- loss of appetite
- hypogonadism in men (testicular dysfunction, reduced sperm count, associated with decreased testosterone levels)
- impaired wound healing
- neurosensory changes (such as taste and smell alterations, as well as decreased light-dark adaptation)
- Hair loss (such as alopecia areata)
- Fertility disorders
- Severe diarrhea
- Weight loss
- Blistering dermatitis
- Tongue inflammation (glossitis)
- Nail dystrophy (abnormal growth of fingernails and toenails)
Consequences of Zinc Deficiency
Since zinc is involved in a variety of metabolic processes, a deficiency can lead to serious consequences. Mainly, it results in growth delays, immune dysfunctions, and cognitive impairments 34.
In children, zinc deficiency can have fatal consequences. Zinc plays a crucial role in the early stages of life, including embryonic development and fetal life 35. A deficiency can lead to growth and developmental disorders 36 37. Pregnant women can experience complications during pregnancy. Even a mild deficiency can lead to increased morbidity, prolonged gestation, uterine atony, and severe central nervous system malformations in the fetus (unborn child during pregnancy) 38 39. Zinc deficiency in infancy may contribute to the development of autism 40.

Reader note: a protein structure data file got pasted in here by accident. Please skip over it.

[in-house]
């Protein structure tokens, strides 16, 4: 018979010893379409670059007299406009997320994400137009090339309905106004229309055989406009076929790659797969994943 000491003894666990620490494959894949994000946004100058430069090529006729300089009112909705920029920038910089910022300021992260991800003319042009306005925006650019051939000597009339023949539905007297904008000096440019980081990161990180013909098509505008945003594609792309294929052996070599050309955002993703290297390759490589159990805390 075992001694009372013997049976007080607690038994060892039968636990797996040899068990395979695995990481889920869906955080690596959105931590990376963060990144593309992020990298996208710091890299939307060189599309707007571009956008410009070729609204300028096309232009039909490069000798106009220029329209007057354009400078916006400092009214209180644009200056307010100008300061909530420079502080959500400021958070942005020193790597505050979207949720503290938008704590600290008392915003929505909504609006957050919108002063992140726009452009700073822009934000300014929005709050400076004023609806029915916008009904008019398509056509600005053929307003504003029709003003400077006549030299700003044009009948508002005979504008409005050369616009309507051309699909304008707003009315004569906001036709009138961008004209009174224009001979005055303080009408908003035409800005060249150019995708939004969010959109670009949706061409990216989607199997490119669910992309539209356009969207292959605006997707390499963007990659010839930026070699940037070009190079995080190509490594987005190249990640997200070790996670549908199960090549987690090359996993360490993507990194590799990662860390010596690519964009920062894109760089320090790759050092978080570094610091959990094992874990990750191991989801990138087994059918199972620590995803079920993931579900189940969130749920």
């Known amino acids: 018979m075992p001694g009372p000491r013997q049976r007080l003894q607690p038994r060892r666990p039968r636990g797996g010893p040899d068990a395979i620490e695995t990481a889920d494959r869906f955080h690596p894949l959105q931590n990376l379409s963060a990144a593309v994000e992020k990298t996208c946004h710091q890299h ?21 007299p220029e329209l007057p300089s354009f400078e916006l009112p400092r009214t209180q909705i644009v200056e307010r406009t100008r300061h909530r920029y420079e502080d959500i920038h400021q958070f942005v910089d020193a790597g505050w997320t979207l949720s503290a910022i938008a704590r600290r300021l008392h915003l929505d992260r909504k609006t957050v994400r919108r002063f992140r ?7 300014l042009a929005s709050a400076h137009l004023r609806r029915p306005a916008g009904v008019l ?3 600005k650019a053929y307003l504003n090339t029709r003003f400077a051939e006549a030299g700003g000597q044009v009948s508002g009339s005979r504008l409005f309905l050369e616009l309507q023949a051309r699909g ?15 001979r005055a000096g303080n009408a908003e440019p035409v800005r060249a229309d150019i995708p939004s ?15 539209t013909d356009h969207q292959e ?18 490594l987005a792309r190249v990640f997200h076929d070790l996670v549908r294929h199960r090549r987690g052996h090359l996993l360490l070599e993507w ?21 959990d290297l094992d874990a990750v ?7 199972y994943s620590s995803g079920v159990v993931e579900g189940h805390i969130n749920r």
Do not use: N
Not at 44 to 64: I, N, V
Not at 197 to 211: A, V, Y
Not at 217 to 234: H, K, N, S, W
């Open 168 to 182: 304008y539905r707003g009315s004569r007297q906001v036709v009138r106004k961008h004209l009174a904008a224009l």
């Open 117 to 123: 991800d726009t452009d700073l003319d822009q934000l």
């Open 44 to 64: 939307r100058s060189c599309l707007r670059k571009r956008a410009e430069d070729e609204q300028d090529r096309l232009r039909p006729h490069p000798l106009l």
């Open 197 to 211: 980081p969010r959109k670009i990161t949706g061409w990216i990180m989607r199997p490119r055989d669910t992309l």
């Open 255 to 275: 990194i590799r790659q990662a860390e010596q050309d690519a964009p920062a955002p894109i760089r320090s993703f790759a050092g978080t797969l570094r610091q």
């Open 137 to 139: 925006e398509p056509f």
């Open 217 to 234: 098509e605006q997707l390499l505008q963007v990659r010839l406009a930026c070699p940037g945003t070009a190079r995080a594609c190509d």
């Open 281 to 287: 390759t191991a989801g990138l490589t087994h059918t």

In athletes, mild zinc deficiency can lead to appetite loss (anorexia), significant weight loss, latent fatigue with reduced endurance, and an increased risk of osteoporosis 41.
Since zinc is involved in the formation of white blood cells in the immune system, a deficiency inevitably leads to immune system disorders. 42 43. This results in reduced activity of natural killer cells and reduced activity of T-helper cells. 44. The consequence is increased susceptibility to diseases and infections. 45.